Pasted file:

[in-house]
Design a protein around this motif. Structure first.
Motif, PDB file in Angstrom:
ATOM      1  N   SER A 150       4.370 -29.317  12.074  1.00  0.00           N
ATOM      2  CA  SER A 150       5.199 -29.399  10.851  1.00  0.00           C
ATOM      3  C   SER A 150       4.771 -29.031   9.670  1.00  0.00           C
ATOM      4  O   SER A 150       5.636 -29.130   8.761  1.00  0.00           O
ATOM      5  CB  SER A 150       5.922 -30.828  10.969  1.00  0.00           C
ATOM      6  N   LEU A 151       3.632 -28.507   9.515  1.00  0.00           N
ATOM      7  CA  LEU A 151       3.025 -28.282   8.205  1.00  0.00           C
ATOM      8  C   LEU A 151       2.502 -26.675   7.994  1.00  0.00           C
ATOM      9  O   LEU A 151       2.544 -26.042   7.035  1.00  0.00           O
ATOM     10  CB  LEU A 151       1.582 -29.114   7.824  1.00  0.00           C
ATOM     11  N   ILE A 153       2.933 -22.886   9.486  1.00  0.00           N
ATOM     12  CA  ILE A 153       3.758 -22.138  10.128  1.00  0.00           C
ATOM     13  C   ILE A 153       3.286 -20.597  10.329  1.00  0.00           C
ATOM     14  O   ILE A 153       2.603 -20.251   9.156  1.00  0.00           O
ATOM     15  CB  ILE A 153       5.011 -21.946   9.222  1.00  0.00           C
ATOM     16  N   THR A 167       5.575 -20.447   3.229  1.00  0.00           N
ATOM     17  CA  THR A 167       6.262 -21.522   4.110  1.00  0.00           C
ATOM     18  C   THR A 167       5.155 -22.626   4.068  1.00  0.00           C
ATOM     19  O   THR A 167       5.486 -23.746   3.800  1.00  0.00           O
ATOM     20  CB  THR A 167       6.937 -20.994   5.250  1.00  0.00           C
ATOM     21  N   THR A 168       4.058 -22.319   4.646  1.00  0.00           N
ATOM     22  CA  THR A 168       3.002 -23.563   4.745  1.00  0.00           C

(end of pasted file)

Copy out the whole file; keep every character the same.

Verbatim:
[in-house]
Design a protein around this motif. Structure first.
Motif, PDB file in Angstrom:
ATOM      1  N   SER A 150       4.370 -29.317  12.074  1.00  0.00           N
ATOM      2  CA  SER A 150       5.199 -29.399  10.851  1.00  0.00           C
ATOM      3  C   SER A 150       4.771 -29.031   9.670  1.00  0.00           C
ATOM      4  O   SER A 150       5.636 -29.130   8.761  1.00  0.00           O
ATOM      5  CB  SER A 150       5.922 -30.828  10.969  1.00  0.00           C
ATOM      6  N   LEU A 151       3.632 -28.507   9.515  1.00  0.00           N
ATOM      7  CA  LEU A 151       3.025 -28.282   8.205  1.00  0.00           C
ATOM      8  C   LEU A 151       2.502 -26.675   7.994  1.00  0.00           C
ATOM      9  O   LEU A 151       2.544 -26.042   7.035  1.00  0.00           O
ATOM     10  CB  LEU A 151       1.582 -29.114   7.824  1.00  0.00           C
ATOM     11  N   ILE A 153       2.933 -22.886   9.486  1.00  0.00           N
ATOM     12  CA  ILE A 153       3.758 -22.138  10.128  1.00  0.00           C
ATOM     13  C   ILE A 153       3.286 -20.597  10.329  1.00  0.00           C
ATOM     14  O   ILE A 153       2.603 -20.251   9.156  1.00  0.00           O
ATOM     15  CB  ILE A 153       5.011 -21.946   9.222  1.00  0.00           C
ATOM     16  N   THR A 167       5.575 -20.447   3.229  1.00  0.00           N
ATOM     17  CA  THR A 167       6.262 -21.522   4.110  1.00  0.00           C
ATOM     18  C   THR A 167       5.155 -22.626   4.068  1.00  0.00           C
ATOM     19  O   THR A 167       5.486 -23.746   3.800  1.00  0.00           O
ATOM     20  CB  THR A 167       6.937 -20.994   5.250  1.00  0.00           C
ATOM     21  N   THR A 168       4.058 -22.319   4.646  1.00  0.00           N
ATOM     22  CA  THR A 168       3.002 -23.563   4.745  1.00  0.00           C